sharing in governance of extractive industries
A group of ordinary Ghanaian farmers who lost their livelihood, homes and all that they have toiled for over the years in the Ajopa farming Community in Mankessim in the Central Region of Ghana because of the raw deal handed to them by AngloGold Ashanti has appealed to the Minerals Commission to step in to right the wrong meted out to them.
Each inhabitant of the community agreed with AngloGold Ashanti to be resettled elsewhere with same number of rooms they were occupying before the coming of the company to their community.
But according to the villagers present at the forum, a family of six with 5 rooms before the arrival of AngloGold Ashanti who were initially promised to provide the same six rooms to each family rather gave just two rooms and in many cases one room to the people despite all protestations, the company will not badge.
Officials of the Minerals Commission, Chamber of Commerce, Ministry of Finance, Ghana’s Extractive Industries Transparency Initiative (GHEITI) Civil societies, the media Oxfam, Ghana National Union of Polytechnics, Peasants Association of Ghana, community members from the village ( Adjopa), representatives from some political parties, and a member of Parliament on Parliamentary Select Committee on Mines and Energy not only heard this unacceptable narration but also fought back tears when the 78-year-old woman narrated her plight to the gathering.
Tearfully, the victims appealed to the Minerals Commission- a body that ´´receive and assesses public agreements relating to minerals and report to Parliament´ between mining companies and Ghana Government to intervene and ensure that justice is served and right the wrong meted to them.A
The forum, put together by the African Centre for Energy Policy (ACEP) with support from Ibis Ghana, is seeking a national consultation on a Mining Revenue Management framework on its usage. The forum sought to see whether revenues from the mining sector have achieved the needed impact on the livelihood of the land owners and Ghana as a country. And to seek a national collective or agreed way forward on future usage of mineral revenues.
Premiering a documentary on “Mineral Revenue Management Proposal” to usher in the discussion, it emerged that quite a good amount of the revenue from the communities have not benefited the people not only in Ajopa in the Mankessim but also the Tarkwa and its environs whether physical developments of the communities where these minerals are extracted or human resource wise. Roads are terrible, rivers that serve as sources of drinking water to these people are polluted and local houses have cracked as a result of the blasting by not only AngloGold Ashanti but wherever mining takes place in the communities. See the uploaded proposed Mineral Revenue Management format by ACEP and its collaborators.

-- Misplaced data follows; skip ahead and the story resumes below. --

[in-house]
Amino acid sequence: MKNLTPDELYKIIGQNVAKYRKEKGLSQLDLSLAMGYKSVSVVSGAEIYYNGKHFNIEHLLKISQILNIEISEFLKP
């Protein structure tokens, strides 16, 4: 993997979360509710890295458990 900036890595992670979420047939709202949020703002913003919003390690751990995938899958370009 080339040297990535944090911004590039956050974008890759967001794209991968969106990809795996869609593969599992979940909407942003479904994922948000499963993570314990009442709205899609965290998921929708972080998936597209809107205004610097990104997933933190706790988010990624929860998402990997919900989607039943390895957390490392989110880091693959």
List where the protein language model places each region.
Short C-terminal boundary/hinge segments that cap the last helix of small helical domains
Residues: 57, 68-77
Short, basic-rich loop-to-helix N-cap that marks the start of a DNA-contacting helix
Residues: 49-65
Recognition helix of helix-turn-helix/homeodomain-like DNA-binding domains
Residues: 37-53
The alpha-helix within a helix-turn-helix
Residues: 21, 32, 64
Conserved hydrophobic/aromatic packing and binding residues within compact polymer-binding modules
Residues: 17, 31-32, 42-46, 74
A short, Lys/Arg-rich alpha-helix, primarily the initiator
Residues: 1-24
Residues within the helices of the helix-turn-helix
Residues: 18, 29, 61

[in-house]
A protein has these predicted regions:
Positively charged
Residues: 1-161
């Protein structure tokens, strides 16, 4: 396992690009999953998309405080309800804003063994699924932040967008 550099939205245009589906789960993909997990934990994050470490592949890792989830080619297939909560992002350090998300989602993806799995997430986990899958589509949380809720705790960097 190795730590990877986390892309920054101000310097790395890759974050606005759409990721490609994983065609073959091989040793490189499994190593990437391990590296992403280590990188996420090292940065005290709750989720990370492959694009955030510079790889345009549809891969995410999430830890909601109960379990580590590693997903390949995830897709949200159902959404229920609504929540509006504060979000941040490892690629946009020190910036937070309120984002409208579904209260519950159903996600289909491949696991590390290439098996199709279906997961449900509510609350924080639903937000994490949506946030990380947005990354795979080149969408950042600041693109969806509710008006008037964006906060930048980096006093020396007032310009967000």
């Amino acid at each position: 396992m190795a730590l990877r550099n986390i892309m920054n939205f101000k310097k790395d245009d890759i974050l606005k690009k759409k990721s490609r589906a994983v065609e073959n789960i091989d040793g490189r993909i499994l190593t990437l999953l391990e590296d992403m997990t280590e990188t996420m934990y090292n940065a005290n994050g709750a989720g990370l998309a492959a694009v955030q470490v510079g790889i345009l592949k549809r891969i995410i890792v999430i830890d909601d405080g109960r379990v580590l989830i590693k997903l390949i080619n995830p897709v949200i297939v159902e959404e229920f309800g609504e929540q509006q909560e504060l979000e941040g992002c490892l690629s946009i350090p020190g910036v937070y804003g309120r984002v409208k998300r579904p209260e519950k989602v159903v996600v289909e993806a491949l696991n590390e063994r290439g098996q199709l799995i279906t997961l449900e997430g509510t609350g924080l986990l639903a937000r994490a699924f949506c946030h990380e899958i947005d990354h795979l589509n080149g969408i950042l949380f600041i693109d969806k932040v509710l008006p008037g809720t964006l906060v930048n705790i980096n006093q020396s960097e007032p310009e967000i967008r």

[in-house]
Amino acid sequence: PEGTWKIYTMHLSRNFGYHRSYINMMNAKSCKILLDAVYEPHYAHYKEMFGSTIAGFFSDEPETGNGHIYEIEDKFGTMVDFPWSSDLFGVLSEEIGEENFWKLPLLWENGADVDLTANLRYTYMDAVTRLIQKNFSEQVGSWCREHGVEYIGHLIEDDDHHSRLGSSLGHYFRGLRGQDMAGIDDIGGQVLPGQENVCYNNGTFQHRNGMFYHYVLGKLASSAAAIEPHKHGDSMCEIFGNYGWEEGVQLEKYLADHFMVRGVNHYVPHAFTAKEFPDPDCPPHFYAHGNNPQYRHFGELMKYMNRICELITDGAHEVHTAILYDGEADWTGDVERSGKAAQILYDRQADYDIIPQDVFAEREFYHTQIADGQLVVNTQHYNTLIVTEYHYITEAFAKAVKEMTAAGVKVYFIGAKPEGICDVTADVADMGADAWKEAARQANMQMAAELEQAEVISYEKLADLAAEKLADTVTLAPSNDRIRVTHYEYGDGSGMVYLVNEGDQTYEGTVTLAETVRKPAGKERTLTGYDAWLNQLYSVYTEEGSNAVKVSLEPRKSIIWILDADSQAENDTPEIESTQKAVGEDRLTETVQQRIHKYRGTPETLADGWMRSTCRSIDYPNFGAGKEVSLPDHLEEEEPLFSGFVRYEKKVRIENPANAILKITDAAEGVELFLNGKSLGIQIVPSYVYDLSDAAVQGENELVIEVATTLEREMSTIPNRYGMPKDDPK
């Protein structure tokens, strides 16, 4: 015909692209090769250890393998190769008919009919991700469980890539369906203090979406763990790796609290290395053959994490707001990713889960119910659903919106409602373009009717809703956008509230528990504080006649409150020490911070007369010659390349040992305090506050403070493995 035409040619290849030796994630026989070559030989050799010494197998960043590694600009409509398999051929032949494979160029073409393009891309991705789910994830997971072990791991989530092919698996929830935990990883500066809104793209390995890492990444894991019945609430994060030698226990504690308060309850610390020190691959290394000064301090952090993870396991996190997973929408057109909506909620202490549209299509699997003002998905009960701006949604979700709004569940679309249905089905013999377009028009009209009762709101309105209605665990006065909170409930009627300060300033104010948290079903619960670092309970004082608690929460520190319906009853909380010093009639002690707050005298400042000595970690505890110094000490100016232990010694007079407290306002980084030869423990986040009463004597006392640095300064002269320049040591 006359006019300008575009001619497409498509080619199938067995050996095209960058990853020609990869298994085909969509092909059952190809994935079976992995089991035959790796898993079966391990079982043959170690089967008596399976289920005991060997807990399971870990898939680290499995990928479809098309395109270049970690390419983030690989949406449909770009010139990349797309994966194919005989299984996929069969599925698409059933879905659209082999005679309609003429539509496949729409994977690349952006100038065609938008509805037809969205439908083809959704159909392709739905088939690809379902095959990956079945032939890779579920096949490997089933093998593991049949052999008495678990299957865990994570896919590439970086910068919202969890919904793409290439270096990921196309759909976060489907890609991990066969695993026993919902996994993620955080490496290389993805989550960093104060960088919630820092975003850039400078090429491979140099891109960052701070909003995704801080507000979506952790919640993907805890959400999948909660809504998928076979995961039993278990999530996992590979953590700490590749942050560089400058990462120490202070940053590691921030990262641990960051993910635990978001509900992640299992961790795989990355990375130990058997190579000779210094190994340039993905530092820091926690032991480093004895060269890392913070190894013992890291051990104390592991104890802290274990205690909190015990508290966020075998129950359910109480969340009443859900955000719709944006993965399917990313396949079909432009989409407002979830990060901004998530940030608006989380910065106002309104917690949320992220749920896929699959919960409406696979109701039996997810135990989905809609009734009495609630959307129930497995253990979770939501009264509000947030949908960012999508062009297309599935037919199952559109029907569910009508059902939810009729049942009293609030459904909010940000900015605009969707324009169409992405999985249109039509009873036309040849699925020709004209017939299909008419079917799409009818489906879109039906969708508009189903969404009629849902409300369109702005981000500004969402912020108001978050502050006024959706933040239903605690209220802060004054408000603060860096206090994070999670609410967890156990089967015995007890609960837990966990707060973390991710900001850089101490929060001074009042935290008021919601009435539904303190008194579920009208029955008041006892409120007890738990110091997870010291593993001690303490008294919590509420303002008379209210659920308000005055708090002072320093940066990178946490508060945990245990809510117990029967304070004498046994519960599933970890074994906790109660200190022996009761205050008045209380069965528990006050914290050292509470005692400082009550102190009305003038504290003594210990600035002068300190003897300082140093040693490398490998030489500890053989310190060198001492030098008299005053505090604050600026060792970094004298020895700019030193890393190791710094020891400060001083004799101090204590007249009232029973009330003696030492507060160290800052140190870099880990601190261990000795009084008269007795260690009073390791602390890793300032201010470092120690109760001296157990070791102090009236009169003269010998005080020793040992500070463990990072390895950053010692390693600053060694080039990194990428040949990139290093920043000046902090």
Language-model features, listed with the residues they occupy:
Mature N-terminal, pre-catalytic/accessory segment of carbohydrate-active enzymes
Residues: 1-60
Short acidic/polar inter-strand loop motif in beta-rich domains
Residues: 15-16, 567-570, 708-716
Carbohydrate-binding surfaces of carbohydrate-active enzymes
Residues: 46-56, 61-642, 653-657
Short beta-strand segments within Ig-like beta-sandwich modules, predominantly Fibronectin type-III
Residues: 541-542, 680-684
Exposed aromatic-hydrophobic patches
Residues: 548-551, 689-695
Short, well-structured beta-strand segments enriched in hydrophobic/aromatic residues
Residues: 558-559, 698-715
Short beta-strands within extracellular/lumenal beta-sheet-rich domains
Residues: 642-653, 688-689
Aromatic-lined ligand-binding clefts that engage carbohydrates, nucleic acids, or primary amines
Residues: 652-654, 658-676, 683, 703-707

The usual blame game between the Ministry of Natural Resources, the Finance Ministry on the one hand and what Civil Societies see as the lack of commitment to the interest of the locals on whose land these extractives exists emerged. Civil societies say because some of the government officials benefit from the operations of these companies such as AngloGold Ashanti who exploit the people, they look elsewhere while the companies have a field day which was clearly seen in the documentary on mining in Tarkwa, a town with a little over 90,000 inhabitants where mining has gone on over a 100 years now.
Where is the Money
Civil Societies say revenues from the mining sector is being mismanaged and little care about the people in the community where the resources are coming from. Responding, Ghana’s Finance Minister, Seth Terkpe say royalties as one of the streams collected is a question of ownership and that 90% of the revenues are used for schools, roads etc. But Nana Afrifa a community head of Adjopa disputes that saying not even consultation is done let alone deciding where the revenues should be spent. Civil society says much of the revenue is used for consumption instead of capital investment. This has prompted civil societies to call for a prudent way of using the revenues otherwise the resources will finish and nobody can point to a single investment. Currently spending is not backed by law as the 90% of the revenue goes into a general pool called Consolidated Fund and disbursed.
Sulemanu Koney, Chief Executive of Ghana Chamber of Mines, the body that speaks on behalf of mining companies expressed surprise and ignorance about the situation and promised to find out exactly the situation.
Contributing Tony Aubynn, Chief Executive of Mineral Commission agrees with civil society that a proposed Community Development Fund be established or considered at the Parliamentary level. Currently the Administrative fiat that directs that only 10% of the revenue goes to the community but no one sees it, at least not Nana Afrifa and his people. Civil societies also proposed or argue that the 90% left to government is not subjected to accountability process either and are proposing one. The community is worried what the future holds for their children.
In a speech before the premiering the documentary, the dynamic leader of ACEP, Dr. Mohammed Amin Adam noted “there is no doubt that mining offers both fiscal and development opportunities in resource-rich countries. Over the last Century, Ghana’s economy has been greatly influenced by the injection of substantial revenue generated from mining operations. In spite of this great potential, the cost of mining to the country has also been too high-destruction of the environment, human rights abuses displacement of communities and low compensation to affected communities.”
Source: Seibik Bugri
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